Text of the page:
Thyroid fine-needle aspiration (FNA) is widely used as an effective first-line screening test to differentiate thyroid lesions [1-4] and the Bethesda System for Reporting Thyroid Cytopathology is used as a standard to interpret FNA specimens. “Atypia of undetermined significance (AUS),” known as Bethesda category III, is a category that encompasses a heterogeneous group of lesions containing follicular cells exhibiting architectural features and/or nuclear atypia that exceed expected benign changes, but are not of sufficient magnitude to justify classification into any other categories [5].
The AUS category has some limitations. First, it is more frequently diagnosed than previously recommended (threshold of 7%) [6-8]. Second, it shows a considerable intra- and inter-observer variability [3,7,9-11]. In addition, the risk of malignancy in the AUS category is not as low as previously thought [12-14]; some researchers have considered the category as “waste garbage. [7]”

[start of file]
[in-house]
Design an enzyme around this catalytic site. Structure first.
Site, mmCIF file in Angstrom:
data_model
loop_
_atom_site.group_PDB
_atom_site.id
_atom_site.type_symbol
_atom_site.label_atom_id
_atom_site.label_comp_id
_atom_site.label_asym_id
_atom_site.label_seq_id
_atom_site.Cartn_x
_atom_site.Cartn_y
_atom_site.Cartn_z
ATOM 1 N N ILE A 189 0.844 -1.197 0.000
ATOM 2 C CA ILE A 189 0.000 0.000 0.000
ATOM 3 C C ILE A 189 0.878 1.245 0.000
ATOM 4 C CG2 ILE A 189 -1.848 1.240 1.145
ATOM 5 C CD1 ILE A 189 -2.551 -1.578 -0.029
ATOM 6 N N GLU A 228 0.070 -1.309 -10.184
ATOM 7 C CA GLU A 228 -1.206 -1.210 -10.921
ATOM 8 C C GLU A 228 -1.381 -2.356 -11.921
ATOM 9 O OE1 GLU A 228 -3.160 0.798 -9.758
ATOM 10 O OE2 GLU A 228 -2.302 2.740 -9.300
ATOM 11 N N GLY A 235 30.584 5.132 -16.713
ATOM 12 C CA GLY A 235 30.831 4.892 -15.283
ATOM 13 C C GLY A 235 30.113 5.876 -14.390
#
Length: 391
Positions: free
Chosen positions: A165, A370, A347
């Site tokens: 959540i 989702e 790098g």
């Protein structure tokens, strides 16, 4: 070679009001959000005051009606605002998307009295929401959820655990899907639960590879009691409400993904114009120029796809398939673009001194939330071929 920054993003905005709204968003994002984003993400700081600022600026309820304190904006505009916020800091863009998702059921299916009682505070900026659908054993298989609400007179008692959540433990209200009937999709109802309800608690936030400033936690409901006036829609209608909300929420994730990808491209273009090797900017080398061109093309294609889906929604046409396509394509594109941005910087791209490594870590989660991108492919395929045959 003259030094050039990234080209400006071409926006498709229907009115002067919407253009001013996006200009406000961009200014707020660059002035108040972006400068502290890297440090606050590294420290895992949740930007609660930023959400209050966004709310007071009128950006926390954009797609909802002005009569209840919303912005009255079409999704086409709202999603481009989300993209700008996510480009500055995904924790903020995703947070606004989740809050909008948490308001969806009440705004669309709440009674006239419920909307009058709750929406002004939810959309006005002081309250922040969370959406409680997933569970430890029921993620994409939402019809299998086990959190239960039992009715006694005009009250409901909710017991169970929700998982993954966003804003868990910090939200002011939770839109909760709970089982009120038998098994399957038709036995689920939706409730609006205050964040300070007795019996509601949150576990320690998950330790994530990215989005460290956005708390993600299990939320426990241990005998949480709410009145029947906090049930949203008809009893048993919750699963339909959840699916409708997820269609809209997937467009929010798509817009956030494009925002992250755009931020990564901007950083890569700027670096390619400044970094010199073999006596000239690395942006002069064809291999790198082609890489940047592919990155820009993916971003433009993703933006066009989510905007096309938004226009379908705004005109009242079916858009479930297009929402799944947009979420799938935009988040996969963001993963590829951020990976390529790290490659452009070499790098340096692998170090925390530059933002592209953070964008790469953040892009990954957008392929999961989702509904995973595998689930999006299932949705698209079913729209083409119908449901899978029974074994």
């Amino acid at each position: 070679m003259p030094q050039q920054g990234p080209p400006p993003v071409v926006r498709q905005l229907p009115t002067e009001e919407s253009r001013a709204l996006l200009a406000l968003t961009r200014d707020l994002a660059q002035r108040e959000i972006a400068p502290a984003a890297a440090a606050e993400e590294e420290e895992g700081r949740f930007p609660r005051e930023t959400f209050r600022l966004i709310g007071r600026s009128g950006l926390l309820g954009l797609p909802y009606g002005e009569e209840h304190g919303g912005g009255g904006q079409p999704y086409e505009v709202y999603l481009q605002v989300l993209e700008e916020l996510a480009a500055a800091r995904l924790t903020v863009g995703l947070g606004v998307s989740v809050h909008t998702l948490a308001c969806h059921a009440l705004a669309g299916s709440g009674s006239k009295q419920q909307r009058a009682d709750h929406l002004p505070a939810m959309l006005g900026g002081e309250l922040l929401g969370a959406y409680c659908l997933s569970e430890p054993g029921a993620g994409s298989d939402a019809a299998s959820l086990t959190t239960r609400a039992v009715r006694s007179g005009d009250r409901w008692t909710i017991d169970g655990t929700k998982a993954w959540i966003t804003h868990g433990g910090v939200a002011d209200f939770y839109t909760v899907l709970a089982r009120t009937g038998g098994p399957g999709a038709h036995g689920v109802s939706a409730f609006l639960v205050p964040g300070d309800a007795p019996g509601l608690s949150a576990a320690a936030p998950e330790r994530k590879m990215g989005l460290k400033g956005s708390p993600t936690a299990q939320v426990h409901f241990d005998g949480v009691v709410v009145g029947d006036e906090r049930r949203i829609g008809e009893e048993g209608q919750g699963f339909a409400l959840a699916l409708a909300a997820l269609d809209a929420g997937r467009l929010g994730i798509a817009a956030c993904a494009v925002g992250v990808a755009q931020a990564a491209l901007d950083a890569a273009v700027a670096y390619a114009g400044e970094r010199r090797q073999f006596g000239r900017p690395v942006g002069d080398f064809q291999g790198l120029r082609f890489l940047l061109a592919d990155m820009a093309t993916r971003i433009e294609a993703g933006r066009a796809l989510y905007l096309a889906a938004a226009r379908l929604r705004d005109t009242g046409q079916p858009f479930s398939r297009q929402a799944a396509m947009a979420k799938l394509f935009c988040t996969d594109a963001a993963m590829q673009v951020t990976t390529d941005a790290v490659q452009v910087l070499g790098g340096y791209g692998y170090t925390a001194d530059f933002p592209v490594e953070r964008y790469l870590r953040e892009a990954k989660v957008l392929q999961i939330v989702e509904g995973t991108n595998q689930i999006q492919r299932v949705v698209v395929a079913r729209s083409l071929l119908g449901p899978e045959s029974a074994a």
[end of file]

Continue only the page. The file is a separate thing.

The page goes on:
However, Shi et al. [3] considered AUS to be an indispensable category in that it increases the sensitivity and decreases the false-positive and false-negative rates of thyroid FNA cytology. It is even helpful when the criteria are only partially fulfilled, especially for cases displaying subtle cytomorphological changes or scanty suspicious cells, cases obscured by blood or inflammation, or specimens compromised by air-drying artifacts.
AUS is a heterogeneous entity and includes nuclear and/or architectural changes that do not completely meet the qualitative or quantitative criteria to be suspicious for malignancy or follicular neoplasms [5]. Based on the heterogeneity and subjective nature of this category, it has been suggested that this entity should be subcategorized into AUS with nuclear atypia and AUS with architectural atypia [15-21]. Furthermore, AUS needs to be differentiated from benign lesions (category II), including Hashimoto thyroiditis and benign follicular lesions, as these differential diagnoses have meaningful clinical significance for patient follow-up.